To gather insights on the state of the Java ecosystem today for DZone's Java Ecosystem research guide to be published in September, we spoke with 15 executives who are familiar with the Java ecosystem.
Here’s who we talked to:
Joel Depernet, E.V.P. Global Research and Development, Axway | Sacha Labourey, CEO and Founder, CloudBees | Rick Reich, CEO, Development Heroes | Asad Ali, Principal Software Developer and Lisa Hamaker, Marketing Manager, Dynatrace | David Park, V.P. of Products, HackerRank | Charles Kendrick, Founder and CTO, Isomorphic Software | Wayne Citrin, CTO, JNBridge | Raymond Augé, Senior Software Architect, Liferay | Laura Kassovic, Founder, MbientLab | Cameron Wilby, Co-Founder, Origin Code Academy | James Faulkner, Technology Evangelist, Red Hat | Paul Trowe, CEO, Replay Games | Calvin French-Owen, CTO and Co-Founder, Segment
We asked our respondents, "How has the Java Commuity Process (JCP) changed ove the past 10 years and what do you see changing in the future?" Here's what they told us:
- JCP changes have been tough given the situation with Oracle. Oracle wants to benefit from Java like a pension. It will not let others have too much freedom with the product, yet they have their minds on other things. I hope .Net puts pressure on the Java Ecosystem since Oracle’s control is very tight. There are a lot of politics and I don’t see Oracle opening Java like Open Source. They like to be in control.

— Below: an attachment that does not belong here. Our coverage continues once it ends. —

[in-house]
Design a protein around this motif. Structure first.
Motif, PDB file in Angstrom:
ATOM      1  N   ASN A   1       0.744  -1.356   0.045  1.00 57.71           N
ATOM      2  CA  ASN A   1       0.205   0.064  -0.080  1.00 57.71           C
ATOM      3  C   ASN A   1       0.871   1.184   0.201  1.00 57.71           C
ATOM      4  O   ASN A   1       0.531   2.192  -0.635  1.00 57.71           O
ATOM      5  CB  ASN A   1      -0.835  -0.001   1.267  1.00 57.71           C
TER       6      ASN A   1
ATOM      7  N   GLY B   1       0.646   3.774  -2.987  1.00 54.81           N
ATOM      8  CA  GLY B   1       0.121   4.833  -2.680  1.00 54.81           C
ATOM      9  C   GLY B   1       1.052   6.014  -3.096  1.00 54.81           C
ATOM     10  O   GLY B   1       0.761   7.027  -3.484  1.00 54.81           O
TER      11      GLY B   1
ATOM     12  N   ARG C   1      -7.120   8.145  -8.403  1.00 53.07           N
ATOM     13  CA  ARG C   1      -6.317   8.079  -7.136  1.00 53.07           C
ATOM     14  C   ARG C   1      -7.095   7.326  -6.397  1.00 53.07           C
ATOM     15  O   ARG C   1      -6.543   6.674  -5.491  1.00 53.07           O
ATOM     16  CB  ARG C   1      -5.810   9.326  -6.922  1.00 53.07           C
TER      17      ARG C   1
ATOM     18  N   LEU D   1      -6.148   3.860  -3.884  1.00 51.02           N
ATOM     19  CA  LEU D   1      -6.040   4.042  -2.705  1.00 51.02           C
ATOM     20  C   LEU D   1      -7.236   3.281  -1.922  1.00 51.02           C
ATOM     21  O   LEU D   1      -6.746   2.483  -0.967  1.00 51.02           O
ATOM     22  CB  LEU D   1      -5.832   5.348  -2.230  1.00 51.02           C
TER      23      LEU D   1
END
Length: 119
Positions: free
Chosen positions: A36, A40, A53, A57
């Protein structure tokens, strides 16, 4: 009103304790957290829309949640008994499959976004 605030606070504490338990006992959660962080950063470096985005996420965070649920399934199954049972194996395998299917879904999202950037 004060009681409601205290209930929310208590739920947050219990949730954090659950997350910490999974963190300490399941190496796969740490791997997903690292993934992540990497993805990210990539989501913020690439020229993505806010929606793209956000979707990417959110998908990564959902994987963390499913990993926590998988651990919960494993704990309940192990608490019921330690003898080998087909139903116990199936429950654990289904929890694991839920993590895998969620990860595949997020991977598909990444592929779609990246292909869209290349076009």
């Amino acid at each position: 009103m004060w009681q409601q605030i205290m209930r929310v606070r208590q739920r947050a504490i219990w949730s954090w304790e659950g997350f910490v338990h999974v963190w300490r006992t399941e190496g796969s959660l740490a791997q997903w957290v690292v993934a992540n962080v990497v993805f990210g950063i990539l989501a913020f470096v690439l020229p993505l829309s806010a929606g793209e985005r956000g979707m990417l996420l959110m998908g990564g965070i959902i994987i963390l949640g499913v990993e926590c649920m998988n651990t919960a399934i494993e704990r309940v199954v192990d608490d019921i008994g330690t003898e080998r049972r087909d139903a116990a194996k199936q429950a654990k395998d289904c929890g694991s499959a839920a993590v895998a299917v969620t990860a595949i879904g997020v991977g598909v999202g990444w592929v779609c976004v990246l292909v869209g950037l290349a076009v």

- The Java Community Process is slow. Modules have been put off for a long time. JMS (message service) was stuck at 1.1 for a long time and launched 2.0 in the past year. Speed is a problem. I hope things speed up and get simpler – it’s very complicated. Things being defined is rather complicated. .Net is easier to use because Microsoft is in charge.
- I see the Java Community Process becoming nonexistent and stagnant. The only motion is from the external stewards. The future for the JCP, consistent with the history of Java where most work comes from the non-Oracle stewards (Apache Software Foundation, Eclipse Foundation, and the OSGi Alliance). It’s becoming more difficult; however, the Java community is strong and will keep the language viable. Oracle should open up and let others contribute.
- With regards to the JCP, Oracle has put a price on the JVM to generate revenue. We discussed moving to the open JDK to save on fees. I don’t have a feel for where the JCP is going in the future though we are keeping a close eye on it. I have no expectations; therefore, I won't be disappointed.
- The JCP hasn’t changed much. The goals are still valid. We believe in standards and interoperability. The people active in the community have been driving the changes. In the future, I see the JCP promoting other standardization efforts. A seen with the rise of GitHub, grassroots standards are more effective.
How has the JCP changed from your perspective and where do you see it going in the future?